Many components that promote synaptic stabilization can potentially be mediated by NSF-dependent membrane trafficking , . A previous study examining neuropeptide release found an increase of protein level, but a decrease of mRNA level of several neuropeptides in zebrafish nsf mutants . Decreased transcript levels are likely due to transcriptional repression of genes encoding proteins that accumulate within the cell body and fail to be secreted. To determine if this were the case for signaling components in hair-cell synapses, we performed real-time quantitative PCR (qPCR) with larval brain tissue to examine the transcript levels for genes that may be important for synaptic stabilization. Among the 22 genes that we analyzed, 5 of them showed a significant repression of more than 2 fold in brain cDNA from nsfst53 mutant larvae. These genes include neuroligin 1, neurexin 3a, bdnf, gria2a and th (Figure 7). Expression of ephrin and ephrin receptors, cadherins and synaptophysin were unchanged or had less than 2-fold changes (Figure 7). The data obtained from qPCR analysis suggest that signaling pathways involving neurexin-neuroligin, BDNF-TrkB, and neurotransmission are altered by Nsf dysfunction, but Eph receptors, Ephrin ligands, and Cadherins are not affected. In addition, a striking reduction was seen in AMPA receptor transcripts (gria2a). Interestingly, mutant nsfst53 transcripts were degraded, whereas wild-type nsfb transcripts were increased, perhaps in compensation for the loss of nsf (Figure 7).
QPCR was used to determine the expression levels of genes in brain cDNA from both wild-type and nsfst53 mutant larvae (5 dpf). Gene expression level in wild-type larvae was normalized to 1. Genes indicated with “*” showed 2-fold changes or more with p<0.001.
Of the pathways affected, the BDNF pathway is particularly intriguing. Our data suggest that Nsf function is required in both pre- and postsynaptic cells, and BDNF has been shown to be released from both sides of the synaptic cleft . bdnf mRNA and protein have been previously detected in hair cells in zebrafish , , but BDNF expression in the lateral line ganglion has not been reported. Using an antibody to detect BDNF , we found that BDNF colocalized with both a hair-cell marker, Vesicular glutamate transporter 3 (Vglut3), and acetylated Tubulin in the pLLG (Figure 8A-B″). Thus, BDNF is likely to be secreted from both cell types.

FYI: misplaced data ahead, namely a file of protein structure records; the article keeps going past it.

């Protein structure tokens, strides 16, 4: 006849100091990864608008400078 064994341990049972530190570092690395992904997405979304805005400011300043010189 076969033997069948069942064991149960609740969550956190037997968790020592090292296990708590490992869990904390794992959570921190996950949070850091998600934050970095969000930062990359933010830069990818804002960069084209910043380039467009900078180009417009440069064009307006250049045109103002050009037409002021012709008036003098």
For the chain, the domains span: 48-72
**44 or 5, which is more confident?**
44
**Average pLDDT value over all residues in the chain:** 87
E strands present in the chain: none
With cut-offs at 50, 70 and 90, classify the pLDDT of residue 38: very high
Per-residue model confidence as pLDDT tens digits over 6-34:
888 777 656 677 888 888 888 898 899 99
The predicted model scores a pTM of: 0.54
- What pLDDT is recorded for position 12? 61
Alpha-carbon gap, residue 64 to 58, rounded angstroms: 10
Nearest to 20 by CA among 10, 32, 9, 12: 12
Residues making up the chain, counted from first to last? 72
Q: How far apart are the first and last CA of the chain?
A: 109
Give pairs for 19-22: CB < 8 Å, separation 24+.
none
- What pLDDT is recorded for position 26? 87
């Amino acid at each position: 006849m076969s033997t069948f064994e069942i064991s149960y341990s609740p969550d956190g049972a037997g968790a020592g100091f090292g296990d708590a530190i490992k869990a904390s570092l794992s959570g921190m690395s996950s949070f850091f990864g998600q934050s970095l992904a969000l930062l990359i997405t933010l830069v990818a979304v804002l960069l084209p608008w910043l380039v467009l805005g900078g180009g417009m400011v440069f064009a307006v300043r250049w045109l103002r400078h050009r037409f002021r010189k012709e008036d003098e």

A, A single optical section of a neuromast from a wild-type zebrafish larva (5 dpf) immunolabeled for Vglut3 (A, red), BDNF (A′, green), and merged in (A″). B, A single optical section of a wild-type pLLG, immunolabeled for acetylated Tubulin (B, red), BDNF (B′, green), and merged in (B″). The cell bodies of the pLLG are outlined by dash lines. C, Representative z-projections of 6 sections (1 µm each) of acetylated Tubulin (red) and BDNF (green) immunolabeled lateral line nerves in wild-type and nsfst53 mutant larvae. D, The average pixel intensity (A.U.) of BDNF (WT, n = 7; nsfst53, n = 8), PAN-Cadherin (WT, n = 8; nsfst53, n = 5), and acetylated Tubulin labeling (WT, n = 7; nsfst53, n = 8) in wild-type control and nsfst53 mutants. Scale bar is 10 µm across all panels.
If BDNF secretion depends on Nsf activity, we hypothesized that the level of BDNF protein should be elevated in both hair cells and afferent neurons in nsfst53 mutants. Indeed, BDNF immunolabeling was increased in the cell bodies of afferent neurons (data not shown) and their nerve fibers (Figure 8C), suggesting that BDNF- containing vesicles accumulated within the cytoplasm of nsfst53 mutant neurites. Unfortunately, we could not measure changes in the BDNF staining of hair cells because the background staining of the skin interfered with quantification.
However, as a control, we also examined the levels of proteins that are predicted to be unaffected in the nsfst53 mutant based on our qPCR analysis. Consistent with our qPCR results, the fluorescent intensity of two other antibodies against acetylated Tubulin and pan-Cadherins showed no change between nsfst53 mutants and their wild-type siblings (Figure 8C-D). Thus, transcripts such as cadherin 1, 2, and 11 that were unaffected in the nsfst53 mutant did not have altered levels of corresponding protein.